UK Study Claims Rugby Is A Form Of Child Abuse


Rugby is a form of "child abuse" and should be banned for U18s, according to a UK study by academics at Bournemouth University and the University of Winchester.

The sport has been played at schools in the UK for over 200 years but researchers claim children should no longer be made to participate in order to protect their safety.

Researchers have advised that permitting children to take part in impact sports, such as rugby and boxing, should be considered a form of abuse to the child’s brain.

A new study, by academics at Bournemouth University and the University of Winchester, examined the strength of medical evidence showing impact sports cause serious brain injuries and concluded that this harm runs counter to existing laws around child abuse.

A paper, set to be published in Sports, Ethics & Philosophy: Journal of the British Philosophy of Sport Association cites the view that knocks to the head can go on to lead to conditions like dementia or Parkinson’s later in life.

Dr Keith Parry, Head of the Department for Sport and Event Management at Bournemouth University, said: “Tackle versions of rugby or American football might be fun, but there are no proven physical or mental health benefits in taking blows to the head, compared to safer, non-contact versions.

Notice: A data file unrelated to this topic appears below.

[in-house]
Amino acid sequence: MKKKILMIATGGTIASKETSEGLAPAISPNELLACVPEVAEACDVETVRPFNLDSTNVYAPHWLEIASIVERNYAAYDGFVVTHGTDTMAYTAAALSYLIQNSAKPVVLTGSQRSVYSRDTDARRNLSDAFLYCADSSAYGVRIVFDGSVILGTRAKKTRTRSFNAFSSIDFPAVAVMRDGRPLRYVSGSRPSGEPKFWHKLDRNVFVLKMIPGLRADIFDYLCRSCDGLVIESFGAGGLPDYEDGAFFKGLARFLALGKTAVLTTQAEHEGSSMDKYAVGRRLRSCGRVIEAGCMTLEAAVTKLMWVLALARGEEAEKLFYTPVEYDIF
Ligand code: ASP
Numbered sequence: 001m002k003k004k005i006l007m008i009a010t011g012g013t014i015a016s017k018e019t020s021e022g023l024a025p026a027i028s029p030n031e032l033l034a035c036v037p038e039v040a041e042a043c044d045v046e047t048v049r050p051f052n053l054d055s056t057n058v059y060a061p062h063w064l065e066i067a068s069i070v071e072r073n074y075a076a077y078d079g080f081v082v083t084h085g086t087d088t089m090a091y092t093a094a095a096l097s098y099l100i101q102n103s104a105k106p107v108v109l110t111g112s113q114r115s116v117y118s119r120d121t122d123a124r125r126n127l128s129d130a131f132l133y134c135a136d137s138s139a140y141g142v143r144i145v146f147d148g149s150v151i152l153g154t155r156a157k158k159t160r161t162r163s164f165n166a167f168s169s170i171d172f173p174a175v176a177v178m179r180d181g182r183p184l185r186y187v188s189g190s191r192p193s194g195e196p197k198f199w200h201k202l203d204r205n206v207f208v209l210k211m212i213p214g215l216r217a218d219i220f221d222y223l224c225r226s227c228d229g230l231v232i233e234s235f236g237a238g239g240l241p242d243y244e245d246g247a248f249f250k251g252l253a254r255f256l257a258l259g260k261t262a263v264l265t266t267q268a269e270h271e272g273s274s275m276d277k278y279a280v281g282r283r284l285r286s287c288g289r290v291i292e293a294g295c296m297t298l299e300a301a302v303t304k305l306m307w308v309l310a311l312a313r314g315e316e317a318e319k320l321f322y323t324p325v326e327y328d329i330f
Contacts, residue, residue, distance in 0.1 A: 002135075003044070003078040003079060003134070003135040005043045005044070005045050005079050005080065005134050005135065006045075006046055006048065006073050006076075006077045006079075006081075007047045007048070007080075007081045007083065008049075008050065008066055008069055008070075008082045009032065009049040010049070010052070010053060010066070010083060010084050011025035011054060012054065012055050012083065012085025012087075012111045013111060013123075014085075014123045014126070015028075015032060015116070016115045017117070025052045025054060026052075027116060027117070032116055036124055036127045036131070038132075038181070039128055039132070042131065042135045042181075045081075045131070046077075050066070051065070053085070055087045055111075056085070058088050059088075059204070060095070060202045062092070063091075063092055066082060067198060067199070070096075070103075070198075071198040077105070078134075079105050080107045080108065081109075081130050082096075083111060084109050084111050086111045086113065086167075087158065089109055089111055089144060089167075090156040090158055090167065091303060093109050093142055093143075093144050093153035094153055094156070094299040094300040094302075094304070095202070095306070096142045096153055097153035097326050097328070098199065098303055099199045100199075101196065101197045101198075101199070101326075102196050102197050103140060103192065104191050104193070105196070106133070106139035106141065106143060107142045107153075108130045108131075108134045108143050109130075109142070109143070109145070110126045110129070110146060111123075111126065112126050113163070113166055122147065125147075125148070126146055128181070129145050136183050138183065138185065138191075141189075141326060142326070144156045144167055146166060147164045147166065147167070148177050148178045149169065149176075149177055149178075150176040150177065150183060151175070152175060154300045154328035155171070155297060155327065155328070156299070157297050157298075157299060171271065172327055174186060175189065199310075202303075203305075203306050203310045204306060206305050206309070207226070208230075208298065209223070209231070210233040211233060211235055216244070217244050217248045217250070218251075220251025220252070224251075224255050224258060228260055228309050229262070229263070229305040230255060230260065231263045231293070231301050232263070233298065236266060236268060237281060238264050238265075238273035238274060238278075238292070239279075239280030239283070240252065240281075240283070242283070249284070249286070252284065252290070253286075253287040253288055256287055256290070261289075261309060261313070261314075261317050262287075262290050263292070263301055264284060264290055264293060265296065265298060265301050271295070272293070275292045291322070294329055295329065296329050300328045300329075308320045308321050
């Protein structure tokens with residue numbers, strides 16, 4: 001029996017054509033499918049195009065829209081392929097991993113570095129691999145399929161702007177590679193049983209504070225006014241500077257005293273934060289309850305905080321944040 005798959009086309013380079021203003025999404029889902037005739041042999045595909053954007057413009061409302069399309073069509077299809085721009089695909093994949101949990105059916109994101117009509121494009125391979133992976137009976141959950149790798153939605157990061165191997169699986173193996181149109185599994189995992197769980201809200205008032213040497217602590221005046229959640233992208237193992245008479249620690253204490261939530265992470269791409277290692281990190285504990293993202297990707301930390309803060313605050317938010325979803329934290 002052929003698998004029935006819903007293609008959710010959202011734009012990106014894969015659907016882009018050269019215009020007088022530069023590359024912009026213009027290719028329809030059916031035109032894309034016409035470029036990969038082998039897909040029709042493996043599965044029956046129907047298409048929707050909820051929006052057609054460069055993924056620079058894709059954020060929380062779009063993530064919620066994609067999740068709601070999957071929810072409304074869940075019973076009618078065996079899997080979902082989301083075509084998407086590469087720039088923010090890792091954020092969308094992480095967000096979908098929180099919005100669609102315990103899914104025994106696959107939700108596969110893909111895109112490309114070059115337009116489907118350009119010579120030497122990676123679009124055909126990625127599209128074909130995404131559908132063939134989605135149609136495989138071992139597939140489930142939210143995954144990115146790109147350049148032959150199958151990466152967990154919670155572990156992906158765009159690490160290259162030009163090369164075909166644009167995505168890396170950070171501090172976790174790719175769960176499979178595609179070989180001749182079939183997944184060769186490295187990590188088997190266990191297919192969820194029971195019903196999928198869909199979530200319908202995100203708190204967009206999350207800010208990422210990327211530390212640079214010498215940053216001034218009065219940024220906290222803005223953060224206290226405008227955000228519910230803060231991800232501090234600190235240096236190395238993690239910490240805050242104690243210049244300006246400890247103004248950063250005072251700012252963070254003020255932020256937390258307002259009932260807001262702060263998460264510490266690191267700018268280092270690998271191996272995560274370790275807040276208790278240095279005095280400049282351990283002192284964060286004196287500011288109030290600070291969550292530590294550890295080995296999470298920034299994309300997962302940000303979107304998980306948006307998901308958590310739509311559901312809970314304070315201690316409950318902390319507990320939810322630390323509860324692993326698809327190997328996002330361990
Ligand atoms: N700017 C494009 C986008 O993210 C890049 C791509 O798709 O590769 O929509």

It is claimed by the researchers that parents do not understand the long-term risk of brain injuries to their children.

Those who begin playing rugby as children are more likely to risk brain trauma than those who start later in life, the study argues.

Eric Anderson, a professor of sport at the University of Winchester who led the study, told the Times: “Sports for children should not intentionally harm their brains. They should focus on fun, health and social development rather than conditioning them to play elite-level sport.

“These collisions cause cognitive harm and increase the risk of neurodegenerative diseases and dementia; they are therefore abusive to a child’s brain.”

“Cultural perception is that striking a child outside of sport is abuse, but striking a child in sport is somehow socially acceptable. We are trying to change that. It doesn’t matter what the social context is, the brain is damaged in both,” the researchers conclude.